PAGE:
‘Sanctuary’ - Ross Ainslie - an incredibly potent piece of work(December 07, 2017)
Listening to this evocative, expressive and at times almost otherworldly and theatrical album is quite an experience. It’s a voyage of exploration, a passage of musical involvement, an expedition into spheres of fantasy, a tour of spaces and a flight to places yet unvisited and those well known. ‘Sanctuary’ from Ross Ainslie is unlike anything you’ve heard before ... it strikes with the shock of the new, yet envelopes with the warmth of familiarity ... and that makes this album supremely listenable and infinitely memorable.
Ross sates: “... if I’m having a particularly bad day music is always the thing that will pick me up so that’s why this album is called Sanctuary.” And that is a maxim that works for this album. There’s an engagement that takes you into those previously mentioned realms and allows the balm of this music to embrace and soothe. There is a melding and blending of styles, cultures and treatments throughout. There’s an eclectic mix of instruments that weave a magic of East combined with West. Each track glistens and sparkles with energy and precision ... ‘Inner Sanctuary’, ‘Sense Of Family, Protect Yourself, ‘Home In Another Dimension’ and ‘Road To Recovery’ ... each marking their own step on the excursion and creating their own pathways to redemption and recovery.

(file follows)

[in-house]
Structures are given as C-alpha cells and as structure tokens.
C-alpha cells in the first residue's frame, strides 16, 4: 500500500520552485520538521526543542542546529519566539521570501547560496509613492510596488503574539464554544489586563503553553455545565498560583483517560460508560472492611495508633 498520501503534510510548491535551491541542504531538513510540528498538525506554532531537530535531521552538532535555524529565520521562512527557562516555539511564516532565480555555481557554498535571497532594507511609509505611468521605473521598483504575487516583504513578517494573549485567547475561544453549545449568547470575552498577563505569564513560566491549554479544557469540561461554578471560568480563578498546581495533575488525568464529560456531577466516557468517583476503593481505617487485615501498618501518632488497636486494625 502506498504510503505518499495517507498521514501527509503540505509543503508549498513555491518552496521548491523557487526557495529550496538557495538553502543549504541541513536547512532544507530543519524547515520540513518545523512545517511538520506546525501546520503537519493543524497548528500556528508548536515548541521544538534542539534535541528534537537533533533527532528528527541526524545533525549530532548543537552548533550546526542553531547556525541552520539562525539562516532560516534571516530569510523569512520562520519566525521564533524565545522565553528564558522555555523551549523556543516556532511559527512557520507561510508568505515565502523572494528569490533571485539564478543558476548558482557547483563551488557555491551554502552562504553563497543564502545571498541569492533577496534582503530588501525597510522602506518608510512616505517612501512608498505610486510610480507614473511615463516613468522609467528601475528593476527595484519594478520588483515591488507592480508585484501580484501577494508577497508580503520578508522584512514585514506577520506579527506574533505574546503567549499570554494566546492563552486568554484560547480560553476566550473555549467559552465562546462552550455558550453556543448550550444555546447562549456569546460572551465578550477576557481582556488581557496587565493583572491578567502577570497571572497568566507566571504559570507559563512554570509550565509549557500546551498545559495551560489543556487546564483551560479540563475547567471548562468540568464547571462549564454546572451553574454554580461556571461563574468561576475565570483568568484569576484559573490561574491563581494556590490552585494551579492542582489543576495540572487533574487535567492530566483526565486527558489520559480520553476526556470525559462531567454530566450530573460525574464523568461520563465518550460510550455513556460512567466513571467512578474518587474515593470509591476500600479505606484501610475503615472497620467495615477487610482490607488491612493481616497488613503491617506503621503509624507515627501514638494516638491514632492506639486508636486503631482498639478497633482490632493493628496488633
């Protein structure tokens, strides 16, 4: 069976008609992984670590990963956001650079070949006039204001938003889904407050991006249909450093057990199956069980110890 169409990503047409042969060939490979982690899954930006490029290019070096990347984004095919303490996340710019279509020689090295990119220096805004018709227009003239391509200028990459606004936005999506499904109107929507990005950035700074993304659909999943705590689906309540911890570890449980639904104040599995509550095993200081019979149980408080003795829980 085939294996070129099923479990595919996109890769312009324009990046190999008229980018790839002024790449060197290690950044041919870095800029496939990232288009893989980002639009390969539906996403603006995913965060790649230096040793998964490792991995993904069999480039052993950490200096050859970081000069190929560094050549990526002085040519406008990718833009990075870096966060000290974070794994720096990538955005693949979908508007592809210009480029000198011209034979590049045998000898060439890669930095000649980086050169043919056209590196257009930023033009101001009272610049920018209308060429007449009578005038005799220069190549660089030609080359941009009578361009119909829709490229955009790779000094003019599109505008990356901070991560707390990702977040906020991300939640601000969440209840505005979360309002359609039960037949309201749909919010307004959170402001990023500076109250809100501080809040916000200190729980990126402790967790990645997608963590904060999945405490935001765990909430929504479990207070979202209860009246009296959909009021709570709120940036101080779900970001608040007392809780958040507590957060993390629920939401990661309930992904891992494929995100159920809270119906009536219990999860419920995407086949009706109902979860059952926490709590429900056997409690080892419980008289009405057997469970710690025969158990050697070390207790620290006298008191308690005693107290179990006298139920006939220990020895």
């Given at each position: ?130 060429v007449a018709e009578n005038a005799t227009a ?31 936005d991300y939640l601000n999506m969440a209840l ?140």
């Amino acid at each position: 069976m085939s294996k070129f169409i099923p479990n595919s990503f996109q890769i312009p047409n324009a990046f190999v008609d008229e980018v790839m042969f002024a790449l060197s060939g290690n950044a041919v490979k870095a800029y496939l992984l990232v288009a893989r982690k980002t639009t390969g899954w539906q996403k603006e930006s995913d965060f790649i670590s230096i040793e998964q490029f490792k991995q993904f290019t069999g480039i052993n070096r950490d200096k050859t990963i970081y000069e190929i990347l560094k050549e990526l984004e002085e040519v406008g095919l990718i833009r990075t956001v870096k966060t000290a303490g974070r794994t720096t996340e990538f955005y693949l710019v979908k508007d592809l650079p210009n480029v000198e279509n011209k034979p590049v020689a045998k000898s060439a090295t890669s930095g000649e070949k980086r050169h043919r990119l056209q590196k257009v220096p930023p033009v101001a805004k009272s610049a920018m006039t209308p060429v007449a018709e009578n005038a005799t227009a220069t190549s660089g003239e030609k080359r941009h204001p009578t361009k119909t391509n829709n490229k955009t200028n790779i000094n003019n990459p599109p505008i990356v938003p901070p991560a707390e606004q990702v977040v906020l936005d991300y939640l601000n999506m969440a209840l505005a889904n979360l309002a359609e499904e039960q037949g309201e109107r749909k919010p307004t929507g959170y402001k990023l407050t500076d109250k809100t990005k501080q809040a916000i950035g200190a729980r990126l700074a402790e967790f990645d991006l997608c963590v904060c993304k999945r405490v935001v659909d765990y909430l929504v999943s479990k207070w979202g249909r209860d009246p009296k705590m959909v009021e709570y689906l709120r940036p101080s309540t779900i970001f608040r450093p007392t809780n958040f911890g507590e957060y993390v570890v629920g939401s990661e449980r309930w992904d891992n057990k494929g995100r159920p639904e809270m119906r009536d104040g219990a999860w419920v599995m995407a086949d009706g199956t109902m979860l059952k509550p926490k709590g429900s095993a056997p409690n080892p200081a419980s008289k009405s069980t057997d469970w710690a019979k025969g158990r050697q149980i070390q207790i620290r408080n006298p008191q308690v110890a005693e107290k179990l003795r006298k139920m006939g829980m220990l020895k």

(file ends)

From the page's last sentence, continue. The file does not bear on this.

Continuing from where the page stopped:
‘Sanctuary’ is an incredibly potent piece of work and one that possesses a compelling fascination.
Playing on ‘Sanctuary’ are Ross Ainslie (Highland pipes, C Small pipes, whistles, bansuri, cittern, banjo) Steven Byrnes (acoustic guitar) Hamish Napier (piano, keys) James Lindsay (bass) Greg Lawson (fiddle) and Cormac Byrne (drums, percussion), with guests on selected tracks Zakir Hussain (table) Soumik Datta (sarod) Damien O’Kane (banjo) and Jock Urquhart (words).
Review: Tim Carroll